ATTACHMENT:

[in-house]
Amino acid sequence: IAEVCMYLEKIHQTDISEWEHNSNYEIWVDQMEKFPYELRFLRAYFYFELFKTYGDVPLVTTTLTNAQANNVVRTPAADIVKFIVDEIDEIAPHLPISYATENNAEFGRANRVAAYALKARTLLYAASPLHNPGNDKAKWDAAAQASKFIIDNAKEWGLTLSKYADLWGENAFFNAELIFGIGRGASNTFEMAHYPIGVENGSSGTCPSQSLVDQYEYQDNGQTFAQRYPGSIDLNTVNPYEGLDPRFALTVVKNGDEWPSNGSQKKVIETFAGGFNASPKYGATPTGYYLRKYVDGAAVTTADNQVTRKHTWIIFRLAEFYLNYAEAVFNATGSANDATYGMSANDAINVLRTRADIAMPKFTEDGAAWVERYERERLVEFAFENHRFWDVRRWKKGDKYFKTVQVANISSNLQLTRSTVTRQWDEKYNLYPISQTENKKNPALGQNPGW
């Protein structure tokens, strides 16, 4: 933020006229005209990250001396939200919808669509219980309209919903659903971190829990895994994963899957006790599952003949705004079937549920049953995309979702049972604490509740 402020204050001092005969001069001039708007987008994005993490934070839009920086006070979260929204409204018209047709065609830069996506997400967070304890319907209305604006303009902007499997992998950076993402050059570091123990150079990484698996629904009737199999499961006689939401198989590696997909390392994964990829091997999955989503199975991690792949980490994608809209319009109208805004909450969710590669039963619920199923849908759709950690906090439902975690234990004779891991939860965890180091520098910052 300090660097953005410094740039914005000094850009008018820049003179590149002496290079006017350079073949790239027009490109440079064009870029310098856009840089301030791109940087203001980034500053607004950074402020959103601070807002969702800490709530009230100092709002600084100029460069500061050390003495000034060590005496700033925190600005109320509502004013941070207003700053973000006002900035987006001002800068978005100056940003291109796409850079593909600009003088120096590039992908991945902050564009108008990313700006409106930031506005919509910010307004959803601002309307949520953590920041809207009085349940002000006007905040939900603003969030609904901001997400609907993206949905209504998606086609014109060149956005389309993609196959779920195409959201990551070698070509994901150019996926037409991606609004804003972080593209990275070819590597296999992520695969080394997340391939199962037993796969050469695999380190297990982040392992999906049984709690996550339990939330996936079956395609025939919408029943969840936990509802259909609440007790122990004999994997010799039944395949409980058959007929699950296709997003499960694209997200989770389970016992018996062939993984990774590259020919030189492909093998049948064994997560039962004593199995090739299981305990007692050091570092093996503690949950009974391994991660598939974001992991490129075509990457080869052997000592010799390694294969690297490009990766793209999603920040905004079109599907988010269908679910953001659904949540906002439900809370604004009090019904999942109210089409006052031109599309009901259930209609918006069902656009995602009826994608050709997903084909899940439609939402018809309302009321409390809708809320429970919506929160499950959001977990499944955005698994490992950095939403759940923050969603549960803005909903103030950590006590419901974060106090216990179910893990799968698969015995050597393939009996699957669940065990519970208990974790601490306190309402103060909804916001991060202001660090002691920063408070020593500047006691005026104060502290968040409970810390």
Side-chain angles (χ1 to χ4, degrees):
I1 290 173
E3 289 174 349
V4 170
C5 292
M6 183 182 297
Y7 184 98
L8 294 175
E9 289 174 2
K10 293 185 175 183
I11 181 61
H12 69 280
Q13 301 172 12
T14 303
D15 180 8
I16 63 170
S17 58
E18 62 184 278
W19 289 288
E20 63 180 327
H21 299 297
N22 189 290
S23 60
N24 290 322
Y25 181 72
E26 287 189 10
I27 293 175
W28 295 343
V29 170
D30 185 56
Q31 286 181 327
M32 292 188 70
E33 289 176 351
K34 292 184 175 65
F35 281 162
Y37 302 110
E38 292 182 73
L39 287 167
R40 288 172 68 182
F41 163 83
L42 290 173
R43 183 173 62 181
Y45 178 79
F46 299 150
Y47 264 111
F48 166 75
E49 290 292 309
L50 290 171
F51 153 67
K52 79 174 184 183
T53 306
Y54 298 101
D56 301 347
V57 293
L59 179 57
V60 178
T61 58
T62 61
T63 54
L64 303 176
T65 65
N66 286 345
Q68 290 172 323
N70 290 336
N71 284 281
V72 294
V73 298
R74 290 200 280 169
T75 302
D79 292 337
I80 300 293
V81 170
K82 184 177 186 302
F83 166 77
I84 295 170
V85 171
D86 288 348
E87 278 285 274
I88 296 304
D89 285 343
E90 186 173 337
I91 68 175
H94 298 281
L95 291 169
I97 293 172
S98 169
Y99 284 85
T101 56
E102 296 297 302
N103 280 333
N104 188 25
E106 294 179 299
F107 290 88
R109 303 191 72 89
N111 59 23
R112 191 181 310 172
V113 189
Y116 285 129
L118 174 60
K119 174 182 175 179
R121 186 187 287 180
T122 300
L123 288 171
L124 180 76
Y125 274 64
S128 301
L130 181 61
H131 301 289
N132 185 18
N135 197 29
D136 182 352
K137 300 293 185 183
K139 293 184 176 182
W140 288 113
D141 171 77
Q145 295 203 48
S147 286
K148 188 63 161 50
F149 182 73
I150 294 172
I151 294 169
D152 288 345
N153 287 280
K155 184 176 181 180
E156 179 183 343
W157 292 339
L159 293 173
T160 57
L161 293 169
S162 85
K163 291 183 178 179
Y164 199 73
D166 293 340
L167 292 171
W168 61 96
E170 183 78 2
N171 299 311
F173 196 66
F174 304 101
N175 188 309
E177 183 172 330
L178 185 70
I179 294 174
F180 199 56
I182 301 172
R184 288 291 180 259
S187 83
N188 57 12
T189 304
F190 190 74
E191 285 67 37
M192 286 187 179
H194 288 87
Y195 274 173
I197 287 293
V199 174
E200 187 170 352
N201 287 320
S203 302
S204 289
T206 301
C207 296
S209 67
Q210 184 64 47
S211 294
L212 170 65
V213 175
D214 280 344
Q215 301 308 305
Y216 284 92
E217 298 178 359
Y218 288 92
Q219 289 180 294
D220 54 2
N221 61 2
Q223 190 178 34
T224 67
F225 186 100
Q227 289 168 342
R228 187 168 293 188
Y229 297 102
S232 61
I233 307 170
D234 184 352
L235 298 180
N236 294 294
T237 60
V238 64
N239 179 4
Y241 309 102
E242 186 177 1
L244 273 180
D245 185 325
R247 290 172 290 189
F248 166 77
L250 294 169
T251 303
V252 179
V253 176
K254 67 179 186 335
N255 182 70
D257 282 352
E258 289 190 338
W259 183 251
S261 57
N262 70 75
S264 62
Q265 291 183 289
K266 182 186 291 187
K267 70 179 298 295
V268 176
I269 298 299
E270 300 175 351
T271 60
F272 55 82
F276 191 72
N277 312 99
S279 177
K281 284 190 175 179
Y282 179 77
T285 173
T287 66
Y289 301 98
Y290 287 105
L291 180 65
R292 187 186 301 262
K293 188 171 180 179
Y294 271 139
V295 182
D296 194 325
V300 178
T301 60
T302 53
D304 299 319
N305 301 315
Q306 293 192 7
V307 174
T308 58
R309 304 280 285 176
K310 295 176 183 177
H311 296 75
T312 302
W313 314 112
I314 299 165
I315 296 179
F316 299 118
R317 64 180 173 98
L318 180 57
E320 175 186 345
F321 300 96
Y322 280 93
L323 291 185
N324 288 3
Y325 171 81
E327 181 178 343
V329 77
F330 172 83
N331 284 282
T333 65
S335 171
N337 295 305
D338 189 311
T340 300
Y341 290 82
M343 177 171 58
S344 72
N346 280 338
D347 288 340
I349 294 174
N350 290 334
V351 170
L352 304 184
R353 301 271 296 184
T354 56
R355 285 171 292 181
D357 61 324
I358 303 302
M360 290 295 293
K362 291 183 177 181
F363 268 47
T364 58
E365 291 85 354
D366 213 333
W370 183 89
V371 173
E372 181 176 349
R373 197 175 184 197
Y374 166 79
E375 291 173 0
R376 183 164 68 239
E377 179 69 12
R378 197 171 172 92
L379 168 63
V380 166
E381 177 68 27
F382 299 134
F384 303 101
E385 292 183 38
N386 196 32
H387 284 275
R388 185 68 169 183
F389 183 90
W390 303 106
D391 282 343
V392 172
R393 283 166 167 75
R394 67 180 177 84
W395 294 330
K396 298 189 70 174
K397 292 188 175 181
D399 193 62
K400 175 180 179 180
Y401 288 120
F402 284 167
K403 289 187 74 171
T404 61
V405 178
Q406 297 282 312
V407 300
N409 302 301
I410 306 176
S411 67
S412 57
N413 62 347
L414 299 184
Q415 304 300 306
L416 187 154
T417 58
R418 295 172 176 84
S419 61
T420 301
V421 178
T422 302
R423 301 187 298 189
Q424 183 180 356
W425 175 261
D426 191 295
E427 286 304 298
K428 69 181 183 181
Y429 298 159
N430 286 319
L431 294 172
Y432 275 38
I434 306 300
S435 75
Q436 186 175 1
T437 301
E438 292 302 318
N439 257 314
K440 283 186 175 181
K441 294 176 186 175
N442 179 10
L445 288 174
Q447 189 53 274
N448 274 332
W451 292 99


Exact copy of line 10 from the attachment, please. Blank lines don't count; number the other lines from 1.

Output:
Y7 184 98